Blaffer showcases ĎA Brief
History of Twinei
By M. Kahlil Taylor
Daily Cougar Staff
Blaffer Gallery, art museum of UH, has
filled its space with common objects that have been transformed into quizzical
combinations of artistry.
The exhibit, Donald Lipski: A Brief
History of Twine, opened January 13 and will continue until the long-awaited
graduate art show begins in March.
Donald Lipskiis work over the past 13 years
is amazingly satirical and inventive. He has recycled the "less valued"
items of American life into intriguing pieces of art. By presenting our
own childlike obsession to playfully creative toys made of chewing gum
wrappers and paperclips on a large, exaggerated scale, Lipski reminds us
of humanityis need to obsessively create.
Lipski was born in Chicago during the late
1940s. His father taught him magic and assemblage while his mother taught
him the art of "elaborate-looking things" through her cooking.
Photo courtesy of Donald
Best described as "recycled"
art, "Texas Instruments" is one of the pieces by artist Donald Lipski on
display at Blaffer Gallery. His exhibition runs through March.
Lipski tinkered with toys, erector sets
and wood carving during his youth, but ended up majoring in history at
the University of Wisconsin-Madison. His senior year experiences with art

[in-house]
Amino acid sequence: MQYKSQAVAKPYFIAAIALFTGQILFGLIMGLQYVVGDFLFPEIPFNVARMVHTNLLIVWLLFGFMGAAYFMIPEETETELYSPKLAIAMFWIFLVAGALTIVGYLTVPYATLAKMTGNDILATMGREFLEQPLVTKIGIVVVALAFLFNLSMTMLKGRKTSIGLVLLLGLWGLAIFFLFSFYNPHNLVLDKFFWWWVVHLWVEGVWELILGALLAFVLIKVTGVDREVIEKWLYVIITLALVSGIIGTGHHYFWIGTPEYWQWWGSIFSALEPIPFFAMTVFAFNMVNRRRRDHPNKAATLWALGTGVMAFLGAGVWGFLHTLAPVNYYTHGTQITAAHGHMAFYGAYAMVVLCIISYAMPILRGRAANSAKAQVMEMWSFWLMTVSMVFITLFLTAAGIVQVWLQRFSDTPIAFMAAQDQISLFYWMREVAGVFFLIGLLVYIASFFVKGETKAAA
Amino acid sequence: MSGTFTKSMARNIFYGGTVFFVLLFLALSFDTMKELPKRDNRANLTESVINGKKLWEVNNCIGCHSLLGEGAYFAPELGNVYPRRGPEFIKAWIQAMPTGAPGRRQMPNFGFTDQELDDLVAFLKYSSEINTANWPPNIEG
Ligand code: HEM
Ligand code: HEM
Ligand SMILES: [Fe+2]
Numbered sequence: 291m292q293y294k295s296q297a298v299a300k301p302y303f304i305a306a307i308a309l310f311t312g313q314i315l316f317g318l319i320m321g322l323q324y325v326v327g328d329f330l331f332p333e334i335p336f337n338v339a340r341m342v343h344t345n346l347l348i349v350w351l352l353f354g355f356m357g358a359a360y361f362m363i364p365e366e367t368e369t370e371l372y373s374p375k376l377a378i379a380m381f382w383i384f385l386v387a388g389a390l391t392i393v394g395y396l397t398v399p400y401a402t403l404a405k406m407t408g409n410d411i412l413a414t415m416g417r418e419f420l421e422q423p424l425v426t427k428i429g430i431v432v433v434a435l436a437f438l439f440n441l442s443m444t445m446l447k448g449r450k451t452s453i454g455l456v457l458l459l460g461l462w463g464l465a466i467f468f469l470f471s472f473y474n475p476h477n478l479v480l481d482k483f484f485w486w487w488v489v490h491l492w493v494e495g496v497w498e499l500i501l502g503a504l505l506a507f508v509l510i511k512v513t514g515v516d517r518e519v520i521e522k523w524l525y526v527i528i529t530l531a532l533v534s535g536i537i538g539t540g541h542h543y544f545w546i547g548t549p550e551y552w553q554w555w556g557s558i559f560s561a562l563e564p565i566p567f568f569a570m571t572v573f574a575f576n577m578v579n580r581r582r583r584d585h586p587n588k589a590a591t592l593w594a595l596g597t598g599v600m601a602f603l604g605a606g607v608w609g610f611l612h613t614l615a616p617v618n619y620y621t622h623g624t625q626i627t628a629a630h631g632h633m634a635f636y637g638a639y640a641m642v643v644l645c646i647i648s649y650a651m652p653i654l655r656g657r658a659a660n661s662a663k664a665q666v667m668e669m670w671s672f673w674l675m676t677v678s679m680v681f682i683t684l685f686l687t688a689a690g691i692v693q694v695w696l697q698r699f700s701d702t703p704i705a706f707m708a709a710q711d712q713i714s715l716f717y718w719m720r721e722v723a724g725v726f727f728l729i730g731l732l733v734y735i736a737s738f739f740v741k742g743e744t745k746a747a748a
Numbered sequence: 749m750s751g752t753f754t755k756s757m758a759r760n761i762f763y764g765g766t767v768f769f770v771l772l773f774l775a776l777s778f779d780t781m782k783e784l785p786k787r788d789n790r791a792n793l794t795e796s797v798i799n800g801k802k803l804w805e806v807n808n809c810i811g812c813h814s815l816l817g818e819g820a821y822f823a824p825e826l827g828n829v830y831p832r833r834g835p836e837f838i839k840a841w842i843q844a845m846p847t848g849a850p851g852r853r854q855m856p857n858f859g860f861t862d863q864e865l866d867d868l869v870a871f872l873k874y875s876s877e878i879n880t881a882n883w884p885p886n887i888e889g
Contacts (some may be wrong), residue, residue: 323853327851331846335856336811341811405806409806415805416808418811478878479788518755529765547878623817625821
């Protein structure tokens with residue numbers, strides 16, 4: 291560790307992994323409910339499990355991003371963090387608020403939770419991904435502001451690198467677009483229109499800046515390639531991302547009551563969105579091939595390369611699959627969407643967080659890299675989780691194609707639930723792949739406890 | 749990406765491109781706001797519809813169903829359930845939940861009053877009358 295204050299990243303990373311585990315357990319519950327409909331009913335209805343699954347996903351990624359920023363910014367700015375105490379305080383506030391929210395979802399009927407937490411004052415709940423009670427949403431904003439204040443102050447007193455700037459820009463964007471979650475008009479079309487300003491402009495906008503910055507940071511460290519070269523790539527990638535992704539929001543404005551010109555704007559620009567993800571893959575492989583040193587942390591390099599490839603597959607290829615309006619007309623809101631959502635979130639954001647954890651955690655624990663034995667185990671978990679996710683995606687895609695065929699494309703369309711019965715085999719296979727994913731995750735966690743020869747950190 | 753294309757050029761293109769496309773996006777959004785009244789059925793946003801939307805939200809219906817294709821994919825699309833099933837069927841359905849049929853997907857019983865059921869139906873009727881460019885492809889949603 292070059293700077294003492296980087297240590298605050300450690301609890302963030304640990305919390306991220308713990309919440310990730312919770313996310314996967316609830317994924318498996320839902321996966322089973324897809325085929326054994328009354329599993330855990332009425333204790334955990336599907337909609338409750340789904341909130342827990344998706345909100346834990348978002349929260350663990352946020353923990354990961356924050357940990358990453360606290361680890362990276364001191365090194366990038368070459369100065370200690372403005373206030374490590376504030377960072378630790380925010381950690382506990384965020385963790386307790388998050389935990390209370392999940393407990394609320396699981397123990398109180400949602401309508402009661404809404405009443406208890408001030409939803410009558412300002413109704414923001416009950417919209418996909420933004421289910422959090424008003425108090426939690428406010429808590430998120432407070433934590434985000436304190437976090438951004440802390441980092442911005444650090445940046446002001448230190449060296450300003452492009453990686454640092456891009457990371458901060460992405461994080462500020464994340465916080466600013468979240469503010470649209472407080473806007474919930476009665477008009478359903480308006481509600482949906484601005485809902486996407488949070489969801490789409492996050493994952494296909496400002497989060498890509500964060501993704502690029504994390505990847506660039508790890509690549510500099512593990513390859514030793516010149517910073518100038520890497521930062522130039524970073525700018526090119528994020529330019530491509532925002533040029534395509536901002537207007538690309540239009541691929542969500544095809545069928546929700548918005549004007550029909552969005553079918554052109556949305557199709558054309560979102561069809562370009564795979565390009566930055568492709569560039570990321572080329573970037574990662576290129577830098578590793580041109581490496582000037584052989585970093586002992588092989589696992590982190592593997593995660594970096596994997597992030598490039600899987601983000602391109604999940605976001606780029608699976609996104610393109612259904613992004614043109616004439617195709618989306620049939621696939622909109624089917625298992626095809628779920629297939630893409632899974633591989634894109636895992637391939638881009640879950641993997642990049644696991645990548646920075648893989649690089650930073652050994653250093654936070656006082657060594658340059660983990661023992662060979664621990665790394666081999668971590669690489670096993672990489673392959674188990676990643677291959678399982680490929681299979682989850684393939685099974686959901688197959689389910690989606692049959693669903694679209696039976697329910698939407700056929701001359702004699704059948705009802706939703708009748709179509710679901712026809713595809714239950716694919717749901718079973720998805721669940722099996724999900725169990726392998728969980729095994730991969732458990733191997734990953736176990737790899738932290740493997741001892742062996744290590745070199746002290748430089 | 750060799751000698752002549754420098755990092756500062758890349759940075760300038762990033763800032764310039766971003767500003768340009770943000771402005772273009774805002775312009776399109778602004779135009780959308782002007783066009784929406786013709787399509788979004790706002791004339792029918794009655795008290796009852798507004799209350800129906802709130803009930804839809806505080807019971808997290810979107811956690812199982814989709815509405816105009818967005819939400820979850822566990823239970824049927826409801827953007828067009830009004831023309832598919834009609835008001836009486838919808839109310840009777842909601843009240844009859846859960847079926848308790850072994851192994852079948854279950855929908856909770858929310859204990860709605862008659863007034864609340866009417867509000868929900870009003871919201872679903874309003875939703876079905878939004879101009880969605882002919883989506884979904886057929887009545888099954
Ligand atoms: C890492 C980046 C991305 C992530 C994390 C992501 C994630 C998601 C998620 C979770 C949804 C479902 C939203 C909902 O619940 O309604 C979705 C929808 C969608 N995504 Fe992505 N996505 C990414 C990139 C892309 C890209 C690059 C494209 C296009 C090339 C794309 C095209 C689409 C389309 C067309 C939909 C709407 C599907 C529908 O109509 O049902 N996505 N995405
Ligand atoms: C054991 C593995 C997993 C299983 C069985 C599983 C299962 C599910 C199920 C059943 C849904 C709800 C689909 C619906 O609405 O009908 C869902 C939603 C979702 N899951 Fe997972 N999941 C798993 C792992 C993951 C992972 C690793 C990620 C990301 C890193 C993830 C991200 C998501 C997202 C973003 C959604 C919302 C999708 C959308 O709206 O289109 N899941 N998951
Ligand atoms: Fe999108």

pushed him toward his masters of fine arts at Cranbrook Academy of Art
and a teaching job at the University of Oklahoma.
There he was invited to create one of his
first major pieces, "Gathering Dust."
Upon passing the front desk, you are visually
greeted by "Gathering Dust." Although the 100 or so small sculptures may
have been gathering dust before this transformation, they are now coordinated
combinations testing our imagination. His sculptures catch your eye and
force you to examine their ingenuity or looking for their utilitarian purpose.
This piece is an introduction to the fascination viewers will continue
to feel throughout the show.
The exhibit promotes art focused on the
idea and concept rather than on expensive materials. His work gives you
the feeling that he could be a twisted mad scientist because most of his
inventions are useless for practical purposes.
For instance, "Untitled #90-07" is a beautiful
pinwheel created from 36 rust-brown fly swatters. His use of the flyswatters
has surpassed their original intent, but the new creation of a giant wheel
is far more interesting to the mind.
The 1994 piece "The Starry Night" is a
reinstallation of double-sided razor blades flowing across the wall like
a shaken etch-a-sketch. Razor blades pierce the white-walled canvas and
become abstracted reflectors of light.
Their curves and unified turns draw the
human eye around the wall in continuous patterns.
He once again alters the original intent
of an object in "The Humidors," a metal-and-glass encasement of thousands
of cigarettes. Lipski approximated how many he had smoked each year during
his attempts to quit.
He then placed the cigarettes inside the
container using the brown tobacco front and the white filter backing as
tiles to write the date each box represented.
Some may ponder whether these pieces and
objects are now art, or just overpriced stacks of trash. Regardless, A
Brief History of Twine still offers intriguing visuals and comical
relief from the daily grind of university life.